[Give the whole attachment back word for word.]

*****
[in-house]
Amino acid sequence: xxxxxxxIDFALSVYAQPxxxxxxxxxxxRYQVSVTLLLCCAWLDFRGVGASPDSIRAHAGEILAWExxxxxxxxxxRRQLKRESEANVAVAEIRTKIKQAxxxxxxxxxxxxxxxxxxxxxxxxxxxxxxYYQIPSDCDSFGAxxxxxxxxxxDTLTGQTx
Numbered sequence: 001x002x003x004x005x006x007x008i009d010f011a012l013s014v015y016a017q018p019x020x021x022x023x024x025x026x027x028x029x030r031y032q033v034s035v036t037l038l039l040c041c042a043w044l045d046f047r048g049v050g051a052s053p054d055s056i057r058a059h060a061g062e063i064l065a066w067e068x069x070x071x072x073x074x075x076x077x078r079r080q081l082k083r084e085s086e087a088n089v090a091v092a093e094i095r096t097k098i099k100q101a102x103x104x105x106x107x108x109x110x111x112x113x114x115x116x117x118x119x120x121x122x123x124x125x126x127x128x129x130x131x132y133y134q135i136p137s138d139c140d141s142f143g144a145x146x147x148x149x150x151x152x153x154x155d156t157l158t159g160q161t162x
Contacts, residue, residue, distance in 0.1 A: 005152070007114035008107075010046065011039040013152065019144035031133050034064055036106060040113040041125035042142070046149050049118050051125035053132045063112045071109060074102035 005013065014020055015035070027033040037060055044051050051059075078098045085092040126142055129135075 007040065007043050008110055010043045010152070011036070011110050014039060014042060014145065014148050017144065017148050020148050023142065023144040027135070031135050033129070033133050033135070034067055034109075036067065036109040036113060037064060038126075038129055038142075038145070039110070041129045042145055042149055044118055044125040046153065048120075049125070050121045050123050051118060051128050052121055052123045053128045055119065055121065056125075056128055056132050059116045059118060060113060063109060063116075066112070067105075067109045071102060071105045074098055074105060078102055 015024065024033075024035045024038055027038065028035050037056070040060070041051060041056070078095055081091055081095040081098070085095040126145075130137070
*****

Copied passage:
[in-house]
Amino acid sequence: xxxxxxxIDFALSVYAQPxxxxxxxxxxxRYQVSVTLLLCCAWLDFRGVGASPDSIRAHAGEILAWExxxxxxxxxxRRQLKRESEANVAVAEIRTKIKQAxxxxxxxxxxxxxxxxxxxxxxxxxxxxxxYYQIPSDCDSFGAxxxxxxxxxxDTLTGQTx
Numbered sequence: 001x002x003x004x005x006x007x008i009d010f011a012l013s014v015y016a017q018p019x020x021x022x023x024x025x026x027x028x029x030r031y032q033v034s035v036t037l038l039l040c041c042a043w044l045d046f047r048g049v050g051a052s053p054d055s056i057r058a059h060a061g062e063i064l065a066w067e068x069x070x071x072x073x074x075x076x077x078r079r080q081l082k083r084e085s086e087a088n089v090a091v092a093e094i095r096t097k098i099k100q101a102x103x104x105x106x107x108x109x110x111x112x113x114x115x116x117x118x119x120x121x122x123x124x125x126x127x128x129x130x131x132y133y134q135i136p137s138d139c140d141s142f143g144a145x146x147x148x149x150x151x152x153x154x155d156t157l158t159g160q161t162x
Contacts, residue, residue, distance in 0.1 A: 005152070007114035008107075010046065011039040013152065019144035031133050034064055036106060040113040041125035042142070046149050049118050051125035053132045063112045071109060074102035 005013065014020055015035070027033040037060055044051050051059075078098045085092040126142055129135075 007040065007043050008110055010043045010152070011036070011110050014039060014042060014145065014148050017144065017148050020148050023142065023144040027135070031135050033129070033133050033135070034067055034109075036067065036109040036113060037064060038126075038129055038142075038145070039110070041129045042145055042149055044118055044125040046153065048120075049125070050121045050123050051118060051128050052121055052123045053128045055119065055121065056125075056128055056132050059116045059118060060113060063109060063116075066112070067105075067109045071102060071105045074098055074105060078102055 015024065024033075024035045024038055027038065028035050037056070040060070041051060041056070078095055081091055081095040081098070085095040126145075130137070